ZWOLLE, OVERIJSSEL – saved by a Canadian?


Disneyland, Overijssel? No it’s real. The Sassenpoort gate to the city dates from the 14th century.

Mevrouw T and I have changed trains at Zwolle dozens of times in the past few years, on our way to see family and friends in the northern Dutch provinces. Not once have we ventured outside the station.

Our friend Hans had a significant birthday to celebrate, so with him as our guide we took the time to spend a day in the town where he went to school. He showed us an interesting art museum, quiet squares with cafes under the plane trees, and a bookshop which ranks with the world’s most spectacular.

According to slightly dubious story, Zwolle could have been a pile of rubble but for the heroism (or sheer craziness?) of a Canadian soldier in WWII.

I say the story is dubious, because Wikipedia questions the details, and all the versions I could google used similar language, suggesting they came from one source. The facts themselves are scarcely credible, reading like the plot of a Rambo movie*.


Leo Major Lane. The inscription translates as ‘First Canadian Liberator of Zwolle.’ Photo: Wikipedia.

On April 14, 1944, the Canadians were preparing to bombard the German defenders in Zwolle, presumably leading to heavy German and civilian casualties. A French-Canadian corporal named Leo Major and a fellow scout volunteered to sneak into the town to suss out the enemy’s positions and to make contact with the local Dutch Resistance.

Around midnight, Major’s mate was killed by a German sentry and Major got mad. Damn this sneaking business- let’s get us some Krauts! He killed sentries, captured a vehicle and forced the driver to take him to his commanding officer, whom he discovered drinking in a bar. They had a chat in French (the German was from Alsace) and Major warned him that resistance was futile and any sensible German would make himself scarce a.s.a.p.

For the rest of the night Leo rampaged through Zwolle, tossing grenades, taking prisoners and shooting any Germans who were slow to get their hands up. The bombardment was called off, and when the Canadians drove into the town they found the occupiers had indeed fled for their lives from the one-man army.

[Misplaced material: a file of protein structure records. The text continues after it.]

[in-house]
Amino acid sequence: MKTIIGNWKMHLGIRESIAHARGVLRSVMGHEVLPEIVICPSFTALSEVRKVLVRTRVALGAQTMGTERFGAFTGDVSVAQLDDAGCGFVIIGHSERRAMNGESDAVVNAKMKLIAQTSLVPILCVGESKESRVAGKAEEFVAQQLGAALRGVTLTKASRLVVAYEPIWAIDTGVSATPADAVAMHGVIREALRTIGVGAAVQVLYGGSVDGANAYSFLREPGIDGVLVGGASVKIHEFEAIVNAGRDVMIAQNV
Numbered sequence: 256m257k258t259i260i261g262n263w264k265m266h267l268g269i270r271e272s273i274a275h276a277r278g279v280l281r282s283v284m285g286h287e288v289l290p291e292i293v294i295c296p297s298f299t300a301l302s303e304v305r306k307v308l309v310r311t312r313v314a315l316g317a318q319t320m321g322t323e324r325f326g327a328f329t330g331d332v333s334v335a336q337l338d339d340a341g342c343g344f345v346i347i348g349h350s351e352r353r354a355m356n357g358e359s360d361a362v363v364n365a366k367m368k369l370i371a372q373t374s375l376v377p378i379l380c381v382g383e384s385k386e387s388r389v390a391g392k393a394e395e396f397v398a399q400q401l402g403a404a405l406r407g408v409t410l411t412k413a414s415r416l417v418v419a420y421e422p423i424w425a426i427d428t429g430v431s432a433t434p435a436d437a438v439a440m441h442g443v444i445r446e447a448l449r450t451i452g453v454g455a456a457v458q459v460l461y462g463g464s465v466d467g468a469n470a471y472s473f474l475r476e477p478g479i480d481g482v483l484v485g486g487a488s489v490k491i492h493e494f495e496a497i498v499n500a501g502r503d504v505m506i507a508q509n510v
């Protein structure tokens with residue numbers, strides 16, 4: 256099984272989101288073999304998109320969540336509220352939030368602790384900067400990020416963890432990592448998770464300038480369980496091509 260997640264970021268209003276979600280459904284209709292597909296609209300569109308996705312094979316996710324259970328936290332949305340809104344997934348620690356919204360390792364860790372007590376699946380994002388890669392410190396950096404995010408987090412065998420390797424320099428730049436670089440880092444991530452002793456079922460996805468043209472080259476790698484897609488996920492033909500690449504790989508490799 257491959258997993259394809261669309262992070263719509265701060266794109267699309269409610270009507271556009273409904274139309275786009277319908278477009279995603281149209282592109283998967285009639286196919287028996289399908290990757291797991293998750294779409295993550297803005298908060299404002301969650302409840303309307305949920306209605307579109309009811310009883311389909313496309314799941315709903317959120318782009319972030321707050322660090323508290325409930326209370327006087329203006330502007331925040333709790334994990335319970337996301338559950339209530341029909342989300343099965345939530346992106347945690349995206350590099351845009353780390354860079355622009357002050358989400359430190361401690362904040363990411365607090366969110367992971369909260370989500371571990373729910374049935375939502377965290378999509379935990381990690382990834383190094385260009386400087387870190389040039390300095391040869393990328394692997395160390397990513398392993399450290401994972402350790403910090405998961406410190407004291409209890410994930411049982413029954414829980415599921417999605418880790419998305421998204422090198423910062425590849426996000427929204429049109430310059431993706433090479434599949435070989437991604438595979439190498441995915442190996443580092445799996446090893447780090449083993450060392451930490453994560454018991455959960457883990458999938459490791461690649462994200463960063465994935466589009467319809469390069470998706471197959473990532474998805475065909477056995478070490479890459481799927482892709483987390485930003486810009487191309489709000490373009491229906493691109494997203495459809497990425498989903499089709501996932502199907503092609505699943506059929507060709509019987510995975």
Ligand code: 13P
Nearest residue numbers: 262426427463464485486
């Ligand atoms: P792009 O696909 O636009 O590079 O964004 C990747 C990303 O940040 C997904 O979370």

Zwolle was liberated with minimal casualties and property damage. A street bears Leo Major’s name and the man himself received a Distinguished Conduct Medal. Whatever the truth of the tale, we now have a lovely town to stroll around.


Grote Kerkplein, Zwolle. It’s the church that’s big; the square next to it is modest and relaxed.

Museum Fondatie, Zwolle

The Museum de Fundatie, on top of which a controversial space egg appears to have landed. We really like it, for the building itself and for the current exhibition of German Expressionist work.

Glass Angel

Of course this sculpture was controversial too. The Glass Angel, by Rotterdam artist Herman Lamers, was unveiled in 2010 and now dominates the square Grote Markt in front of the gothic St Michael’s Church.

The highlight for us. The spectacular bookshop Waanders in de Broeren. Three floors of books, a cafe, information centre and performance/lecture space in the former Broeren Church. Note the organ and beautiful vaulted, painted ceiling still in place. Who in Zwolle would buy from Amazon when they can drop in here?

For more information about Zwolle (in Dutch and English), see

*Disclaimer: I’ve never actually watched a Rambo movie, let alone read the plot of one; I’m just searching for a colourful metaphor here.


Filed under Holland

6 responses to “ZWOLLE, OVERIJSSEL – saved by a Canadian?

  1. Sounds like Clint Eastwood in “Where Eagle’s Dare”!

    • One of my favourite Alistair MacLean books, Andrew. And I read there have been attempts to get the Leo Major story filmed, though perhaps it’s too incredible even for an action movie.

  2. Looks like an amazing place, Richard, and what an awesome story! Love it!

  3. Dick Glaser

    I do so need to go there. Thank you!

Leave a Reply

Fill in your details below or click an icon to log in: Logo

You are commenting using your account. Log Out /  Change )

Facebook photo

You are commenting using your Facebook account. Log Out /  Change )

Connecting to %s